Ellen G. White Writings

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Counsels on Diet and Foods, Page 217

Chapter 12—Diet During Pregnancy

Prenatal Influences

333. The effect of prenatal influences is by many parents looked upon as a matter of little moment; but Heaven does not so regard it. The message sent by an angel of God, and twice given in the most solemn manner, shows it to be deserving of our most careful thought.

In the words spoken to the Hebrew mother, God speaks to all mothers in every age. “Let her beware,” the angel said; “all that I commanded her, let her observe.” The well-being of the child will be affected by the habits of the mother. Her appetites and passions are to be controlled by principle. There is something for her to shun, something for her to work against, if she fulfills God's purpose for her in giving her a child. If before the birth of her child she is self-indulgent, if she is selfish, impatient, and exacting, these traits will be reflected in the disposition of the child. Thus many children have received as a birthright almost unconquerable tendencies to evil.

But if the mother unswervingly adheres to right principles, if she is temperate and self-denying, if she is kind, gentle, and unselfish, she may give her child these same precious traits of character. Very explicit was the command prohibiting the use of wine by the mother. Every drop of strong drink taken by her to gratify appetite endangers the physical, mental, and moral health of her child, and is a direct sin against her Creator.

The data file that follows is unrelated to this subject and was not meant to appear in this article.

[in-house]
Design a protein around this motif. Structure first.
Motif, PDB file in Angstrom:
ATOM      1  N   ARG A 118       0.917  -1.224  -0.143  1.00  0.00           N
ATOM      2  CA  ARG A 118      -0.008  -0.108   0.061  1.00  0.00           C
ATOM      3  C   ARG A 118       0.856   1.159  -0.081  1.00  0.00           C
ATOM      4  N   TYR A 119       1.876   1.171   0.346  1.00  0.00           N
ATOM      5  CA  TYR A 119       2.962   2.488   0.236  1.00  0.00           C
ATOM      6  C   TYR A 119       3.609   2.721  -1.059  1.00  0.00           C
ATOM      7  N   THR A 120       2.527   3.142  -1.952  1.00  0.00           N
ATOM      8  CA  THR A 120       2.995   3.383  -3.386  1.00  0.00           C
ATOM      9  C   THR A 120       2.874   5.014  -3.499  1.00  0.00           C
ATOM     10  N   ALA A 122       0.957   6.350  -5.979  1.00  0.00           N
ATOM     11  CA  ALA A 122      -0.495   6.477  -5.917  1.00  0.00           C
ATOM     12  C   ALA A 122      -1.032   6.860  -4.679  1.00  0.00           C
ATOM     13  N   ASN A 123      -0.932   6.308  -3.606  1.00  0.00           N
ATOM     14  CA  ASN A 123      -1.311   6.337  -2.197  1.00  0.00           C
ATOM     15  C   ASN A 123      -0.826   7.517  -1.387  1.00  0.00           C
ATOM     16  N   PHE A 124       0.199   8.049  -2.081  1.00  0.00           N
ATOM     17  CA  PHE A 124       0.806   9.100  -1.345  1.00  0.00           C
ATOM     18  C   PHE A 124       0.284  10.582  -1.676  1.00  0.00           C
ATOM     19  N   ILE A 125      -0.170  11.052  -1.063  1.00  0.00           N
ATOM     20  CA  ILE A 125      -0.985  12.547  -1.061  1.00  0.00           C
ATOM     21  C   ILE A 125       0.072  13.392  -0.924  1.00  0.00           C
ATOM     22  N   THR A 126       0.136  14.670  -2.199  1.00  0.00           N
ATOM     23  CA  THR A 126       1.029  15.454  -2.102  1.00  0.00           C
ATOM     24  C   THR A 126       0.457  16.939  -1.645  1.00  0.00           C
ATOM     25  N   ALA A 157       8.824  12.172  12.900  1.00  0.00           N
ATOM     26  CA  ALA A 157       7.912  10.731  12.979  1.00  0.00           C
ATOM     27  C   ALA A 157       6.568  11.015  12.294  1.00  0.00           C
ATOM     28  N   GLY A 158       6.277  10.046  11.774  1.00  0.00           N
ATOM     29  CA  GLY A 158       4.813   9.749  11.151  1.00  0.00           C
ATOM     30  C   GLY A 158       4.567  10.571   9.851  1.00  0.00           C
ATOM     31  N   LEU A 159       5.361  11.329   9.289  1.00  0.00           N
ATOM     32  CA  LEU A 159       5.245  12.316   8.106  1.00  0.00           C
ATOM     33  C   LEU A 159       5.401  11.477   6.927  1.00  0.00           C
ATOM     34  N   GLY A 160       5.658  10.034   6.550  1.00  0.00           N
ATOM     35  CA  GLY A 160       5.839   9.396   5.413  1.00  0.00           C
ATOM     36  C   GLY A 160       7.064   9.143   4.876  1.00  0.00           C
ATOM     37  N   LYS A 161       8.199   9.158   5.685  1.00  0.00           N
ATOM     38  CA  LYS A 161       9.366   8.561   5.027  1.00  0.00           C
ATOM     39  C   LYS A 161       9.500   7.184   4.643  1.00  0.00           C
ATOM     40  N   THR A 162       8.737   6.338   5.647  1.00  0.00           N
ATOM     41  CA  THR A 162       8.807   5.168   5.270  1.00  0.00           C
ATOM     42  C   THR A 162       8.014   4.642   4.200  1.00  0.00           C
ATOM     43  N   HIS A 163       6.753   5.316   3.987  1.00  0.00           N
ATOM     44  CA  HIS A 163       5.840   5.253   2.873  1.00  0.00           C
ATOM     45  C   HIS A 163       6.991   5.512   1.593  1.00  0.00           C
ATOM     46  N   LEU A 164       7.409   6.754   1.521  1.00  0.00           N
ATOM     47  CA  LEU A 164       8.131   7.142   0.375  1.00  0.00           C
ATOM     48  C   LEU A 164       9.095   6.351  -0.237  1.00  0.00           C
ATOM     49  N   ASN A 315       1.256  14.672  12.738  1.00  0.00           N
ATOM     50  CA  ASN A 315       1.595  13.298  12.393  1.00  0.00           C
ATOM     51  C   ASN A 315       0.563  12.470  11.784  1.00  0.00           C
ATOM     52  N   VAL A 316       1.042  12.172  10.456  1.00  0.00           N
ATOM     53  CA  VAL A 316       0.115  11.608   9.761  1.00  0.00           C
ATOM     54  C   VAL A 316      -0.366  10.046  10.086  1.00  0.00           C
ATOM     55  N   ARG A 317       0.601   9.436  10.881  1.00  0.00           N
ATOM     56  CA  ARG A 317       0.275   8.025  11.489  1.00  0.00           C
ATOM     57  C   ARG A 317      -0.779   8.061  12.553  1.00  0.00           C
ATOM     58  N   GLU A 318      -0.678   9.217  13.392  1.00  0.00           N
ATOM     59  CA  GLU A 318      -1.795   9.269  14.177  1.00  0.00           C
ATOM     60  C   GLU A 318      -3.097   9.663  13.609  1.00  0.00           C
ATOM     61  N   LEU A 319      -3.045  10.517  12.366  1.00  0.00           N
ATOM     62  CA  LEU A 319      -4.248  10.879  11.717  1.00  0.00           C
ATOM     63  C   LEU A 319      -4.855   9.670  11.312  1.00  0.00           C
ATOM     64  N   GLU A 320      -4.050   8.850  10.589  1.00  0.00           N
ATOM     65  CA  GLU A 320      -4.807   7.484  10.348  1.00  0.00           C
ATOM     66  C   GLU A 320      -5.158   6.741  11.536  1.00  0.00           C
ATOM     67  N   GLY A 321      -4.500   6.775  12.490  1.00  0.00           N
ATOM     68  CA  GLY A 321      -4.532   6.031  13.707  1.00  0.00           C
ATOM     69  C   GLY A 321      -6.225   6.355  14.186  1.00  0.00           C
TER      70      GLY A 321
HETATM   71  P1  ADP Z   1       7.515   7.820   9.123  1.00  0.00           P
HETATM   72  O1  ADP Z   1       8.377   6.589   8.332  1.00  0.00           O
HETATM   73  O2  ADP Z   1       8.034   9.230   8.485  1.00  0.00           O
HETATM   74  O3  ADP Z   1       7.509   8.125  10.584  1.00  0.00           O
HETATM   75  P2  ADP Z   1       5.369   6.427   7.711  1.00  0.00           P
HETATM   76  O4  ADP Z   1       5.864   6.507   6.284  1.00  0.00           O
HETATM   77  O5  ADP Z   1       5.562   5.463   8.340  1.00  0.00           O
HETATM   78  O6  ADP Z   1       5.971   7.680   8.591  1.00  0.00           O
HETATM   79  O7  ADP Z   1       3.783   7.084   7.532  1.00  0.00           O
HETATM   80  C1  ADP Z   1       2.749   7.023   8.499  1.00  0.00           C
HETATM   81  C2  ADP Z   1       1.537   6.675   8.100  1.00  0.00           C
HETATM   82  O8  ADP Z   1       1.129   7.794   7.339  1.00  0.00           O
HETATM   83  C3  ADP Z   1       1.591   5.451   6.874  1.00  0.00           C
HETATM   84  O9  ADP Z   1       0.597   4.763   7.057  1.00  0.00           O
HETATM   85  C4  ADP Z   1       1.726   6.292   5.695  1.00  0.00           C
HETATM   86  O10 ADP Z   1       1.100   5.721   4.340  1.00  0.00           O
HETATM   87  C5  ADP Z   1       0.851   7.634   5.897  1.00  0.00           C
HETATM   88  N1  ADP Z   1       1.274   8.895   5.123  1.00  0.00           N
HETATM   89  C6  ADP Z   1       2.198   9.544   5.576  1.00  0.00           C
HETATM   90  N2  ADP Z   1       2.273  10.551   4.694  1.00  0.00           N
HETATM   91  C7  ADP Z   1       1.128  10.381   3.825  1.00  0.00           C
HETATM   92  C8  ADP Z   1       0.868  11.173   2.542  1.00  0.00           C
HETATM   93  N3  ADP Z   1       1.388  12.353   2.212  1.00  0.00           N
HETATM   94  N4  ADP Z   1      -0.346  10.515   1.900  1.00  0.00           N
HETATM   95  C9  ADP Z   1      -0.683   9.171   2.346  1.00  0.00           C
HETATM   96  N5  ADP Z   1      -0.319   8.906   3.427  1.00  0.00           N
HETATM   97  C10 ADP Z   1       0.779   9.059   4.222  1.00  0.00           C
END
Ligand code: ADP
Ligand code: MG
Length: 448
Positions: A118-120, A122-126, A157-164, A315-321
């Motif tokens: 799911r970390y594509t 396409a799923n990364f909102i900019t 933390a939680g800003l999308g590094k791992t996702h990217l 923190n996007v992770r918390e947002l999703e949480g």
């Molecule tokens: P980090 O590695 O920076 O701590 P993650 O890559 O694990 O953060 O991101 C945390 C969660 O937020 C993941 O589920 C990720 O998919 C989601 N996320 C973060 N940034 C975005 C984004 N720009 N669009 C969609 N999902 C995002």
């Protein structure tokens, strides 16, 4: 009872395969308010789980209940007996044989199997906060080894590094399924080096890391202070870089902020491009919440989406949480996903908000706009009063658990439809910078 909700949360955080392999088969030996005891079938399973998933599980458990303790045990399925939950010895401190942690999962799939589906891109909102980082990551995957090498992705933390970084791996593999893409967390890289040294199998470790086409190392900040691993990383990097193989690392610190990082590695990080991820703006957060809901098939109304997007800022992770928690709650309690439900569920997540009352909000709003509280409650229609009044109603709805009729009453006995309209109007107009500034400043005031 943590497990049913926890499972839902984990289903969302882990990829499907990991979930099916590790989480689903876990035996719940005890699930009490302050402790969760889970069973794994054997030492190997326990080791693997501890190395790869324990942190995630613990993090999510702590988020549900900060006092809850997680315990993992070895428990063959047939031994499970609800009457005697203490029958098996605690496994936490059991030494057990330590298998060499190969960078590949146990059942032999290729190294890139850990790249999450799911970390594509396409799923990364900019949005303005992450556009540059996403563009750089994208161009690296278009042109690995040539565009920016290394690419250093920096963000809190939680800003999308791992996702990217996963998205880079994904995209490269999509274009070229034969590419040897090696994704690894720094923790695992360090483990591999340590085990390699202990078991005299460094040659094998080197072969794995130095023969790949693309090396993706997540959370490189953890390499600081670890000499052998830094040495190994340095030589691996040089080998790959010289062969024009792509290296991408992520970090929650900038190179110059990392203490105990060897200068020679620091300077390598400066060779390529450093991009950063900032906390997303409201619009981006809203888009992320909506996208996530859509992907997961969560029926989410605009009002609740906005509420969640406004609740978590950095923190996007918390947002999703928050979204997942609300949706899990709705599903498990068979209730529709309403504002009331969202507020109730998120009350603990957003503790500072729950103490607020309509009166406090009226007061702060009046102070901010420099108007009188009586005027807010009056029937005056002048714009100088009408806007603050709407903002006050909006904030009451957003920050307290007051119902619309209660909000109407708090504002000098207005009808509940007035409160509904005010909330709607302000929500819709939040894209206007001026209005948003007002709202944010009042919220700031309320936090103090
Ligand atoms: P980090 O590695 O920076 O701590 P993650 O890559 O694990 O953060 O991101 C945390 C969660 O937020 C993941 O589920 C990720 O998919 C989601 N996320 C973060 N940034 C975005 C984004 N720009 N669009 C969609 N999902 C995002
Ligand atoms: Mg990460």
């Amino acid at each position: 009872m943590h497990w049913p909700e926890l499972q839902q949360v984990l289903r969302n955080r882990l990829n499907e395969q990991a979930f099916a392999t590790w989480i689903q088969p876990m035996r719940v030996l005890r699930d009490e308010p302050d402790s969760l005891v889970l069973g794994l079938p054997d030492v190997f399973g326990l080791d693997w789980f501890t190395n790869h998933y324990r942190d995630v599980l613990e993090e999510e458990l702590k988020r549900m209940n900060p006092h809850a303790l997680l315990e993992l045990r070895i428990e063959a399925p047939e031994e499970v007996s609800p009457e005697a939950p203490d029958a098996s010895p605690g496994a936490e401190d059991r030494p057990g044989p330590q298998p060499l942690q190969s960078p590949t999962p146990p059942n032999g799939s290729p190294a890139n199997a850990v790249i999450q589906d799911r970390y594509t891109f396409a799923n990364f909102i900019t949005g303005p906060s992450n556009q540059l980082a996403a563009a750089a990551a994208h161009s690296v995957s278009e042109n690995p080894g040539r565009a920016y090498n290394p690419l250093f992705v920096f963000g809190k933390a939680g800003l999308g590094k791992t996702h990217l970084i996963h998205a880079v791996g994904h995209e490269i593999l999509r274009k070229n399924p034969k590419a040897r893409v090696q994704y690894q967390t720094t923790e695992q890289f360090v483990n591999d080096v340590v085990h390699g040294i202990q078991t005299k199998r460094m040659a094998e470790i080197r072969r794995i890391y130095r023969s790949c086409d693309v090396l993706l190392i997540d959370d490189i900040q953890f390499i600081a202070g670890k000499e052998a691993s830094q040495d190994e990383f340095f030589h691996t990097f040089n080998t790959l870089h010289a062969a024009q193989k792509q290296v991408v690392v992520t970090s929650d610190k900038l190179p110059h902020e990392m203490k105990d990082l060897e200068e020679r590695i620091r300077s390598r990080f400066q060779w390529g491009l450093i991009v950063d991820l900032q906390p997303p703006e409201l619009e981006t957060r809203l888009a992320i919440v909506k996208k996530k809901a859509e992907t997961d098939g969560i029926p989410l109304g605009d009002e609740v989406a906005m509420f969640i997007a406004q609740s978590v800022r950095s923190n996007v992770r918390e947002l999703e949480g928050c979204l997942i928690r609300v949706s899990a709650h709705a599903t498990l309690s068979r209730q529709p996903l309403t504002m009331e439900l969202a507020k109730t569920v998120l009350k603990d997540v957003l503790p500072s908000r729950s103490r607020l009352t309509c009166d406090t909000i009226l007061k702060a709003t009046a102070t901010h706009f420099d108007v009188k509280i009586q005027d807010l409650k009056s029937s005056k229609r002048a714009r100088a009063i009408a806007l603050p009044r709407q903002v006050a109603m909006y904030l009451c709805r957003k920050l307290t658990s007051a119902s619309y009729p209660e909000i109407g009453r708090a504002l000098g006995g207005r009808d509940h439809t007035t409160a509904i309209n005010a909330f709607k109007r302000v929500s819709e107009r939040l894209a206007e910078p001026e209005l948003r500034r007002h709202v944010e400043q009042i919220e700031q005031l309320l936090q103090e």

Many advisers urge that every wish of the mother should be gratified; that if she desires any article of food, however harmful, she should freely indulge her appetite. Such advice is false and mischievous. The mother's physical needs should in no case be neglected. Two lives are depending upon her, and her wishes should be tenderly regarded, her needs generously supplied. But at this time above all

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